We turn first to the judgment entered in favor of Mount Sinai Hospital. The parties agreed that Mount Sinai Hospital was liable only through the actions of its employees, Dr. Moran, Dr. Siddiqui and Dr. Smith.7 Recall that Dr. Moran was a third-year resident, Dr. Siddiqui was a first-year resident and Dr. Smith was a senior (fourth-year) resident at the time of these events. At trial, Dr. Ronald Berman testified as an expert for Alexander. Dr. Berman opined that Crutcher developed ARDS by October 5th. He testified that the chances of Crutcher surviving ARDS at that point were 50-60% and that those odds decreased as time passed. Dr. Berman testified that "[t]his was Dr. Onyema's patient. He is in charge." R. 128-5, at 711. In his testimony regarding Dr. Onyema, Dr. Berman criticized Dr. Onyema for relying on telephone reports from residents rather than coming in to see the patient himself when she was apparently more ill than would be expected following surgery. He opined that the residents "have less experience; and, the more junior the resident, the less you expect." R. 128-5, at 714. The standard of care for residents, Dr. Berman stated, was to know the indications and contra-indications to any surgical procedure in which they participate, to know the complications of those surgical procedures, to be able to diagnose those complications if the patient showed signs of them, and to treat those complications in a timely fashion. R. 128-5, at 720. When Dr. Berman opined that the residents should have requested a surgical consult on October 5th, Mount Sinai Hospital objected that Dr. Berman had not previously disclosed this opinion and that he was not distinguishing between the residents who had varying levels of experience and varying contacts with Crutcher after her surgery. The court struck Dr. Berman's testimony and directed plaintiff's counsel to be more careful in questioning Dr. Berman so that it would be clear which resident was involved in the particular criticism. Dr. Berman subsequently testified that Dr. Moran deviated from the applicable standard of care by not requesting a surgical consult on October 5th and that Dr. Siddiqui violated the standard of care by not ordering a surgical consult on October 6th. R. 128-5, at 724. Plaintiff's counsel then posed the following question: "And with regard to the requirement that Dr. Smith order surgical consultation on the 4th or the 5th, do you hold such an opinion?" Plaintiff's counsel objected to this question ("Objection, your Honor. The same objection.") because Dr. Berman had not previously disclosed an opinion that Dr. Smith should have ordered a surgical consult on October 4th. The court sustained the objection. Plaintiff's counsel did not narrow the question to the October 5th time frame and instead asked other questions. The court continued to sustain objections to broadly worded questions and broadly worded responses from Dr. Berman. The effect of those rulings was that Dr. Berman essentially offered no further admissible critique of the residents.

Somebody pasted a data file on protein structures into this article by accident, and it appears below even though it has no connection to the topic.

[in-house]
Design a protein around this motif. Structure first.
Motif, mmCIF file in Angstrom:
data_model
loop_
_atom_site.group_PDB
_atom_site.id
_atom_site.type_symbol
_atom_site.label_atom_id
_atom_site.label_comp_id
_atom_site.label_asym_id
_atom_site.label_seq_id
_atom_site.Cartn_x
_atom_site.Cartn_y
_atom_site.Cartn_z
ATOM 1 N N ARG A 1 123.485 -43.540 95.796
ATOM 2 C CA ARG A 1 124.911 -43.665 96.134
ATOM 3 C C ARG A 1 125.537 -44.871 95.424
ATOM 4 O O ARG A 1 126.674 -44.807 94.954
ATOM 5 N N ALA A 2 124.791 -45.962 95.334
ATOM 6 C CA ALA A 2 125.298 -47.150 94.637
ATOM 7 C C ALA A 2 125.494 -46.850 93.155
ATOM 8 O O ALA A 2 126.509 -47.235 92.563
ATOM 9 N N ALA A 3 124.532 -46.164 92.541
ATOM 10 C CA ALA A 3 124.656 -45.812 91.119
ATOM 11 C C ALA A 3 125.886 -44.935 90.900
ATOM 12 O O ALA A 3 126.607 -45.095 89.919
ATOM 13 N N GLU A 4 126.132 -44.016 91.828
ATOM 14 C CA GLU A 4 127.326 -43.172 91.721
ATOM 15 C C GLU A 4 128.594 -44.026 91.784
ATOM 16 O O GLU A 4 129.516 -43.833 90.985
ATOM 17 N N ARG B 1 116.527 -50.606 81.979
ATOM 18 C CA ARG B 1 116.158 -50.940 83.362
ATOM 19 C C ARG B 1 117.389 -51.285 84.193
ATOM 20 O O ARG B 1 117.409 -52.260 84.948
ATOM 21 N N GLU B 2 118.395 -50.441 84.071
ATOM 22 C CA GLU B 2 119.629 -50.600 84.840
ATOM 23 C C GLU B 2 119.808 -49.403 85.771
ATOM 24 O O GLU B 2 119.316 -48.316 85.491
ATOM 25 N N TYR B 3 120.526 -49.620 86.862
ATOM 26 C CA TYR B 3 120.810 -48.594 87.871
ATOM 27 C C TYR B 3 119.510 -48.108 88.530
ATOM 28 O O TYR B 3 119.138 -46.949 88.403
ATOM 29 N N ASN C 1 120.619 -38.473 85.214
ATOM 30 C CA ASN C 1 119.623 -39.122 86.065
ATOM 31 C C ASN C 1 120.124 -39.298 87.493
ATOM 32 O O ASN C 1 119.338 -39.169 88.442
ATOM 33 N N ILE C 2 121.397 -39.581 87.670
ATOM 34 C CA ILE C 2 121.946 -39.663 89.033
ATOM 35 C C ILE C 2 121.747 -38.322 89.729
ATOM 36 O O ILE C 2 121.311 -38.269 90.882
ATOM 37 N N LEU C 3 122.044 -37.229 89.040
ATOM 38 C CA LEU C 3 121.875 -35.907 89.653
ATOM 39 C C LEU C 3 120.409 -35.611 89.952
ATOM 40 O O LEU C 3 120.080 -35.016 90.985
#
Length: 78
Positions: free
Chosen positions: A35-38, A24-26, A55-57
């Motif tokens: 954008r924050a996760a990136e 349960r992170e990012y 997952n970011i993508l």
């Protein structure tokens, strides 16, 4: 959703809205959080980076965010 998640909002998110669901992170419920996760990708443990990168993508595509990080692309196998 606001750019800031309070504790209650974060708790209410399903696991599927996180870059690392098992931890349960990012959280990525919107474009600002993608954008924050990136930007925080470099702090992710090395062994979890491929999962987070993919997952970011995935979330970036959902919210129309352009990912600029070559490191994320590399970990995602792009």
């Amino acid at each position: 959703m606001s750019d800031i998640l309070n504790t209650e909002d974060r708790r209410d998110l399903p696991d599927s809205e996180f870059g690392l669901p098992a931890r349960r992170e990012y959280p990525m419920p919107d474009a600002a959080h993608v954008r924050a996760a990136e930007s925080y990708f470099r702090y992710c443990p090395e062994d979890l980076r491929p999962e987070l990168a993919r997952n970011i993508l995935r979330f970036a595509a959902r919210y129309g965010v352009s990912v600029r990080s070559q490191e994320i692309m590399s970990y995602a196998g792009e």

29